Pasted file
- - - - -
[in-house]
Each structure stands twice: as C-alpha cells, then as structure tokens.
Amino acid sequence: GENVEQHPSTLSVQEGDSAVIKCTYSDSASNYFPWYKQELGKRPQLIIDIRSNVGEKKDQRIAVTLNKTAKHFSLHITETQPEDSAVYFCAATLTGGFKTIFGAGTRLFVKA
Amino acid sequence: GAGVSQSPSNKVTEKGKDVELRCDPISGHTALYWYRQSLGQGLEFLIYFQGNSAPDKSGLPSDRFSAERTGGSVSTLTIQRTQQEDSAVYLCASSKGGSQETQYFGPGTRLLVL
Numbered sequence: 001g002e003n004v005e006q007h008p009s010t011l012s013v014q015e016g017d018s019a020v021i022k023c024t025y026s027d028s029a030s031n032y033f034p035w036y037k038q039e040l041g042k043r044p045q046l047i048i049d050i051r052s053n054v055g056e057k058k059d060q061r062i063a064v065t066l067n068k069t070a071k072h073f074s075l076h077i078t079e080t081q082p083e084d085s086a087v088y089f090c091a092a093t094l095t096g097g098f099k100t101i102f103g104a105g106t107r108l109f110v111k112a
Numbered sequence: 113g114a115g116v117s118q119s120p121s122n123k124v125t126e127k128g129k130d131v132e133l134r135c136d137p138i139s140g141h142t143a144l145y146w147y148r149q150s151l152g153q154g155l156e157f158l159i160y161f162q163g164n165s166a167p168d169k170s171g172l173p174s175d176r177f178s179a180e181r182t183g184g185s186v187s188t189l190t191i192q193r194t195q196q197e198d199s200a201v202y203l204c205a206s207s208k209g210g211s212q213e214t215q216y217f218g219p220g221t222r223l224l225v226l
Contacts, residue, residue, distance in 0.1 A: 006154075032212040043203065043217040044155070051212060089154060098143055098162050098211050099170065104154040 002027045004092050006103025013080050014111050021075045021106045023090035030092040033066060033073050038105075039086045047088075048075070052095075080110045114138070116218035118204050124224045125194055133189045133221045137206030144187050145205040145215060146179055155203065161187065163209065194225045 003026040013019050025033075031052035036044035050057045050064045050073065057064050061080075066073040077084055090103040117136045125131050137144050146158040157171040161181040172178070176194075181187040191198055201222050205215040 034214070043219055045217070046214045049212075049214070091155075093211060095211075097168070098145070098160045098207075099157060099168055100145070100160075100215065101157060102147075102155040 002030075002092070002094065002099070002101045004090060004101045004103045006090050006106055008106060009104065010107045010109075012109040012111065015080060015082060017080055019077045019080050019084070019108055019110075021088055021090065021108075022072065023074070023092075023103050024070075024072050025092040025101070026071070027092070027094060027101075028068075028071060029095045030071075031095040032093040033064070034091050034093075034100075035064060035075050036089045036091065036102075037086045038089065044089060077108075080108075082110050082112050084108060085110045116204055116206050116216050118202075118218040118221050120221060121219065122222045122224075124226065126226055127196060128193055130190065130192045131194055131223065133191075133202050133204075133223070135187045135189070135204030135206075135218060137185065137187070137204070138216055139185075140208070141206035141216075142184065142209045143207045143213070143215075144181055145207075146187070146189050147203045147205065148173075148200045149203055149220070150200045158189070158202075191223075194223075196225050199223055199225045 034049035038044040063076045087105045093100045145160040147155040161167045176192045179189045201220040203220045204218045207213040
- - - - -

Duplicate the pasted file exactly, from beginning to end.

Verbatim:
[in-house]
Each structure stands twice: as C-alpha cells, then as structure tokens.
Amino acid sequence: GENVEQHPSTLSVQEGDSAVIKCTYSDSASNYFPWYKQELGKRPQLIIDIRSNVGEKKDQRIAVTLNKTAKHFSLHITETQPEDSAVYFCAATLTGGFKTIFGAGTRLFVKA
Amino acid sequence: GAGVSQSPSNKVTEKGKDVELRCDPISGHTALYWYRQSLGQGLEFLIYFQGNSAPDKSGLPSDRFSAERTGGSVSTLTIQRTQQEDSAVYLCASSKGGSQETQYFGPGTRLLVL
Numbered sequence: 001g002e003n004v005e006q007h008p009s010t011l012s013v014q015e016g017d018s019a020v021i022k023c024t025y026s027d028s029a030s031n032y033f034p035w036y037k038q039e040l041g042k043r044p045q046l047i048i049d050i051r052s053n054v055g056e057k058k059d060q061r062i063a064v065t066l067n068k069t070a071k072h073f074s075l076h077i078t079e080t081q082p083e084d085s086a087v088y089f090c091a092a093t094l095t096g097g098f099k100t101i102f103g104a105g106t107r108l109f110v111k112a
Numbered sequence: 113g114a115g116v117s118q119s120p121s122n123k124v125t126e127k128g129k130d131v132e133l134r135c136d137p138i139s140g141h142t143a144l145y146w147y148r149q150s151l152g153q154g155l156e157f158l159i160y161f162q163g164n165s166a167p168d169k170s171g172l173p174s175d176r177f178s179a180e181r182t183g184g185s186v187s188t189l190t191i192q193r194t195q196q197e198d199s200a201v202y203l204c205a206s207s208k209g210g211s212q213e214t215q216y217f218g219p220g221t222r223l224l225v226l
Contacts, residue, residue, distance in 0.1 A: 006154075032212040043203065043217040044155070051212060089154060098143055098162050098211050099170065104154040 002027045004092050006103025013080050014111050021075045021106045023090035030092040033066060033073050038105075039086045047088075048075070052095075080110045114138070116218035118204050124224045125194055133189045133221045137206030144187050145205040145215060146179055155203065161187065163209065194225045 003026040013019050025033075031052035036044035050057045050064045050073065057064050061080075066073040077084055090103040117136045125131050137144050146158040157171040161181040172178070176194075181187040191198055201222050205215040 034214070043219055045217070046214045049212075049214070091155075093211060095211075097168070098145070098160045098207075099157060099168055100145070100160075100215065101157060102147075102155040 002030075002092070002094065002099070002101045004090060004101045004103045006090050006106055008106060009104065010107045010109075012109040012111065015080060015082060017080055019077045019080050019084070019108055019110075021088055021090065021108075022072065023074070023092075023103050024070075024072050025092040025101070026071070027092070027094060027101075028068075028071060029095045030071075031095040032093040033064070034091050034093075034100075035064060035075050036089045036091065036102075037086045038089065044089060077108075080108075082110050082112050084108060085110045116204055116206050116216050118202075118218040118221050120221060121219065122222045122224075124226065126226055127196060128193055130190065130192045131194055131223065133191075133202050133204075133223070135187045135189070135204030135206075135218060137185065137187070137204070138216055139185075140208070141206035141216075142184065142209045143207045143213070143215075144181055145207075146187070146189050147203045147205065148173075148200045149203055149220070150200045158189070158202075191223075194223075196225050199223055199225045 034049035038044040063076045087105045093100045145160040147155040161167045176192045179189045201220040203220045204218045207213040